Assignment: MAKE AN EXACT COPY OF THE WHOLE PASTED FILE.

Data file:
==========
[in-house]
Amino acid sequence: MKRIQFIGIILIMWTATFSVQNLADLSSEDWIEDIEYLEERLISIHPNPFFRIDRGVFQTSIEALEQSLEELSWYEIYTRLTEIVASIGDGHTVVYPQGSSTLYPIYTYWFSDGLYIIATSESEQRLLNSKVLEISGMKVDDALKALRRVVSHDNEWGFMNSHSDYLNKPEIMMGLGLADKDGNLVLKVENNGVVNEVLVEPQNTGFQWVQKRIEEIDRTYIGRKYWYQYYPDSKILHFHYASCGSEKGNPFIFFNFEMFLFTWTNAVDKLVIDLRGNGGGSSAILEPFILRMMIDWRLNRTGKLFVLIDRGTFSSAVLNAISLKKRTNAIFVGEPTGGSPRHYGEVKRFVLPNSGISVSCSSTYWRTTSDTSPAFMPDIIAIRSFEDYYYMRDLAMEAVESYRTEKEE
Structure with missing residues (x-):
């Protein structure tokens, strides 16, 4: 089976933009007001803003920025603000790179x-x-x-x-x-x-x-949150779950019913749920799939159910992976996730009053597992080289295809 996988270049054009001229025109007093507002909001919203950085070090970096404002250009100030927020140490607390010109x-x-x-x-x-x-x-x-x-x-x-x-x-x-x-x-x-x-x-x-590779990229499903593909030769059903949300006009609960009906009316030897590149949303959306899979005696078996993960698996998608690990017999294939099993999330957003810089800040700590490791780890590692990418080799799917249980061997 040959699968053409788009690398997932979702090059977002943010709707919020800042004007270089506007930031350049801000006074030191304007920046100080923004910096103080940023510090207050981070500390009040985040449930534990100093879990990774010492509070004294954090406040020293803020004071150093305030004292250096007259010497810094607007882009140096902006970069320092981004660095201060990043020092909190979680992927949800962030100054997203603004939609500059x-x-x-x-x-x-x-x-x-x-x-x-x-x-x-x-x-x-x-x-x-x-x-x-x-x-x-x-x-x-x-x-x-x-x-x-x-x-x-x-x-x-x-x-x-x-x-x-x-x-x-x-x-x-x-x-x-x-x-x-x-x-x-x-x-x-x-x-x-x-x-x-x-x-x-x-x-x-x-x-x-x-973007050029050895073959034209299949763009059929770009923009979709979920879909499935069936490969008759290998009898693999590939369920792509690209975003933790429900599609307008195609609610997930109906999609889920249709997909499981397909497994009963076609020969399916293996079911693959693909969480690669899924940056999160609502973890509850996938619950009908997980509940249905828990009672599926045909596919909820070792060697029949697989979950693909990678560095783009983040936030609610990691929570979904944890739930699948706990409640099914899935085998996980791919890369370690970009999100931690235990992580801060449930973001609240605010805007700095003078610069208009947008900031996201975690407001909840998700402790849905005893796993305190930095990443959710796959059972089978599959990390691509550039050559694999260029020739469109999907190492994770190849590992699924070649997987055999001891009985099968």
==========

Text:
[in-house]
Amino acid sequence: MKRIQFIGIILIMWTATFSVQNLADLSSEDWIEDIEYLEERLISIHPNPFFRIDRGVFQTSIEALEQSLEELSWYEIYTRLTEIVASIGDGHTVVYPQGSSTLYPIYTYWFSDGLYIIATSESEQRLLNSKVLEISGMKVDDALKALRRVVSHDNEWGFMNSHSDYLNKPEIMMGLGLADKDGNLVLKVENNGVVNEVLVEPQNTGFQWVQKRIEEIDRTYIGRKYWYQYYPDSKILHFHYASCGSEKGNPFIFFNFEMFLFTWTNAVDKLVIDLRGNGGGSSAILEPFILRMMIDWRLNRTGKLFVLIDRGTFSSAVLNAISLKKRTNAIFVGEPTGGSPRHYGEVKRFVLPNSGISVSCSSTYWRTTSDTSPAFMPDIIAIRSFEDYYYMRDLAMEAVESYRTEKEE
Structure with missing residues (x-):
């Protein structure tokens, strides 16, 4: 089976933009007001803003920025603000790179x-x-x-x-x-x-x-949150779950019913749920799939159910992976996730009053597992080289295809 996988270049054009001229025109007093507002909001919203950085070090970096404002250009100030927020140490607390010109x-x-x-x-x-x-x-x-x-x-x-x-x-x-x-x-x-x-x-x-590779990229499903593909030769059903949300006009609960009906009316030897590149949303959306899979005696078996993960698996998608690990017999294939099993999330957003810089800040700590490791780890590692990418080799799917249980061997 040959699968053409788009690398997932979702090059977002943010709707919020800042004007270089506007930031350049801000006074030191304007920046100080923004910096103080940023510090207050981070500390009040985040449930534990100093879990990774010492509070004294954090406040020293803020004071150093305030004292250096007259010497810094607007882009140096902006970069320092981004660095201060990043020092909190979680992927949800962030100054997203603004939609500059x-x-x-x-x-x-x-x-x-x-x-x-x-x-x-x-x-x-x-x-x-x-x-x-x-x-x-x-x-x-x-x-x-x-x-x-x-x-x-x-x-x-x-x-x-x-x-x-x-x-x-x-x-x-x-x-x-x-x-x-x-x-x-x-x-x-x-x-x-x-x-x-x-x-x-x-x-x-x-x-x-x-973007050029050895073959034209299949763009059929770009923009979709979920879909499935069936490969008759290998009898693999590939369920792509690209975003933790429900599609307008195609609610997930109906999609889920249709997909499981397909497994009963076609020969399916293996079911693959693909969480690669899924940056999160609502973890509850996938619950009908997980509940249905828990009672599926045909596919909820070792060697029949697989979950693909990678560095783009983040936030609610990691929570979904944890739930699948706990409640099914899935085998996980791919890369370690970009999100931690235990992580801060449930973001609240605010805007700095003078610069208009947008900031996201975690407001909840998700402790849905005893796993305190930095990443959710796959059972089978599959990390691509550039050559694999260029020739469109999907190492994770190849590992699924070649997987055999001891009985099968």